On some hands, this could be just what the amazing Assetto Corsa Competizione needs to breath new life and blood into this simulator. On the other hands, its also a showcase for why the IRacing system works just that tiny bit better.
Let me elaborate.
In IRacing, you don't have to do the "5 consecutive laps within a certain +/- %" on a track you've probably not got the best relationship with. For me, it was Snetterton. A track I've only ever raced in GT4 on. It did only take me 7 laps of nipping round in a Mercedes Evo GT3, but there was others in the server at the same time, who just didn't seem to have a clue. Wild re-joins after a spin out, clattering over every single curb in an attempt to set the fastest of fastest laps, whereas I went for the more controlled, get round and get round safe approach. And here we can highlight one issue... The server rolling over. IF you joined the server with say 15mins left for it to run, and you had only done 3 of your 5 controlled pace, consecutive laps as the LFM server rolled over to the next session... You'd then have to start from scratch. Coupled with having to cope with god knows who on track with you, there's a real valid reason to just sit in the pits and waste even more time. We all want to race! There's absolutely no doubt about that. So, why not start the "beginners" or the "new licensee" off with GT4?
Yes GT4 is slower and we all know that speed is king. But, and it's a big one goose, why shouldn't people learn the ropes in a slower paced side to the racing world? After all, isn't that what happens IRL anyway? I've had some of my best and closest races in a GT4 race. The cars have less to setup, the pace is slower, but the action is just as decent! So why haven't LFM taken this as their approach to bringing people together on track (not literally into each other mind you).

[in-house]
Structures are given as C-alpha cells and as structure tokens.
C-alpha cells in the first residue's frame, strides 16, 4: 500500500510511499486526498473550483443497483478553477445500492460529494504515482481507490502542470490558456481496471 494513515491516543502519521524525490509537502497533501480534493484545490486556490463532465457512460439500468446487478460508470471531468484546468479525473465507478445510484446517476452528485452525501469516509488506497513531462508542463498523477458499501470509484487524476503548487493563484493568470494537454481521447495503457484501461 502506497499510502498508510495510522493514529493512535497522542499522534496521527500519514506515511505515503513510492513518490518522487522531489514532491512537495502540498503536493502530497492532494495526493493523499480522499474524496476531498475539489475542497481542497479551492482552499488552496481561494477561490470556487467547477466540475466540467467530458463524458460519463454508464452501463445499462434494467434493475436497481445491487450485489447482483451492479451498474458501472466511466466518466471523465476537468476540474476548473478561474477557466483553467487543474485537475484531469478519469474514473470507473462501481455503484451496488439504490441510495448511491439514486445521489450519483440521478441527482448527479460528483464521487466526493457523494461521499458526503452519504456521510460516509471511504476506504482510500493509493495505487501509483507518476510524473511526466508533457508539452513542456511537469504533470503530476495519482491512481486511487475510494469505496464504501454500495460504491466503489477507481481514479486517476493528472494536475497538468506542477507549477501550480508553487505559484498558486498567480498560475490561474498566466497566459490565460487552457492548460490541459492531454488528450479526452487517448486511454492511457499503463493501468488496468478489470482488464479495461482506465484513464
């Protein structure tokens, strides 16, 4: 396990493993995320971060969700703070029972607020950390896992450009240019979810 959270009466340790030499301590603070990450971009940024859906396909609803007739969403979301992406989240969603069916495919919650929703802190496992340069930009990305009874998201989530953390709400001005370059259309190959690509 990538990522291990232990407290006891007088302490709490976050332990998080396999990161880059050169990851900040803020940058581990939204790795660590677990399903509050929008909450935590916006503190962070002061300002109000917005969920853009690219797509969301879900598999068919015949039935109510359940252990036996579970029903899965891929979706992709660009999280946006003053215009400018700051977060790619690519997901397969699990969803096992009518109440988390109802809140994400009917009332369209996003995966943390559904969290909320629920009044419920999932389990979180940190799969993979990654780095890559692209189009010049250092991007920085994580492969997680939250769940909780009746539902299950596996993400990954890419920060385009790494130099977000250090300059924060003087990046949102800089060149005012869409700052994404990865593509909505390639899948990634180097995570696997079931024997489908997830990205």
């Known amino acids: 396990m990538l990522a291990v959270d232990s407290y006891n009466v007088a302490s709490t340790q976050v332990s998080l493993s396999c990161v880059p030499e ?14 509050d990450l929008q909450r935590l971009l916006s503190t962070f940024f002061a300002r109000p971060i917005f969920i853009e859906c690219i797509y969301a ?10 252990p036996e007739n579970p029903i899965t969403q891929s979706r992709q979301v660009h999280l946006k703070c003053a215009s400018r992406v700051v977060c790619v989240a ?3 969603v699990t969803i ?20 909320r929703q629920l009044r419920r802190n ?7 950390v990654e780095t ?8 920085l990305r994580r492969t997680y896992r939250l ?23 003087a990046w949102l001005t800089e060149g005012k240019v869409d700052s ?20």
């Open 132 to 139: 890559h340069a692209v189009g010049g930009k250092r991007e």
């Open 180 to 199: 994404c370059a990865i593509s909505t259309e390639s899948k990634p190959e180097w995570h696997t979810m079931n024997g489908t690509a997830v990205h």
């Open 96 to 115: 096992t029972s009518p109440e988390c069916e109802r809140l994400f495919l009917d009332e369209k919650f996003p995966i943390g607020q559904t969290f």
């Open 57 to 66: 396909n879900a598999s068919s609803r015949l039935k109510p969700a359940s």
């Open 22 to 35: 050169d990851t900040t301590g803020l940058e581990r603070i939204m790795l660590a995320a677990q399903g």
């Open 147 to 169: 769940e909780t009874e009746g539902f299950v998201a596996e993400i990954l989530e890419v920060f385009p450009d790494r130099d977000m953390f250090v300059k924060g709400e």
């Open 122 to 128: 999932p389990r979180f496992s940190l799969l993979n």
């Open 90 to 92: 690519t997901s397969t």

Ignoring the above, for now, I headed off into my first competitive race at Donington Park with the M6 GT3. A car I know very well, having not long completed a race there for the Positive Perception league. I did ok! I wasn't the quickest, I knew I never would be. But I came away having had a clean race and saw my Safety Rating shoot up. Good times! Well, for a short period it was anyway.
Onwards to more racing, and this time round, I was the victim of a bit of a bump and run. The guy did send a message afterwards apologising, but this is where the ACC and LFM tie up really shows why it doesn't work. In a "road traffic collision" isn't it usually the car behinds fault if you're stationary at a set of lights and you get rammed up the arse? Well, not so in ACC. Get hit, and it'll be both of you that wind up with a penalty point. Hit someone else who's spun in front of you and you're boxed in and on the brakes with no-where to go. Again, you get points dropped as well. Get speared off into a wall by someone mis-judging their braking zone into a hairpin? Again, you're going to be the one loosing points, and then even more as LFM decided because YOU hit a wall, you clearly haven't a clue about how to drive.
So, this is the problem. ACC doesn't differentiate between "who's at fault" and LFM doesn't differentiate between "who's at fault" and even "Who pushed who into a wall".
Because of these "Incidents" I've found myself dropping a load of safety rating, through zero fault of my own. Yes, I could protest, but with a 4 hour protest cooldown period and having to have a life, I haven't had the time to! For me, LFM was supposed to be a nice, simple, quick fix approach. A way for me to test out a design on track and see how visible it is amongst a group of shiny cars. What it's turned into, is a desire to rage quit the second I get "done over" by the system. I've never seen so much contact on lap one of a league race, so why does it happen here?
In my mind, LFM is great, but they need to have a good look at the licensing system and how to bring the drivers into the "sport".
Start them slower, teach that race craft, then give them the horses.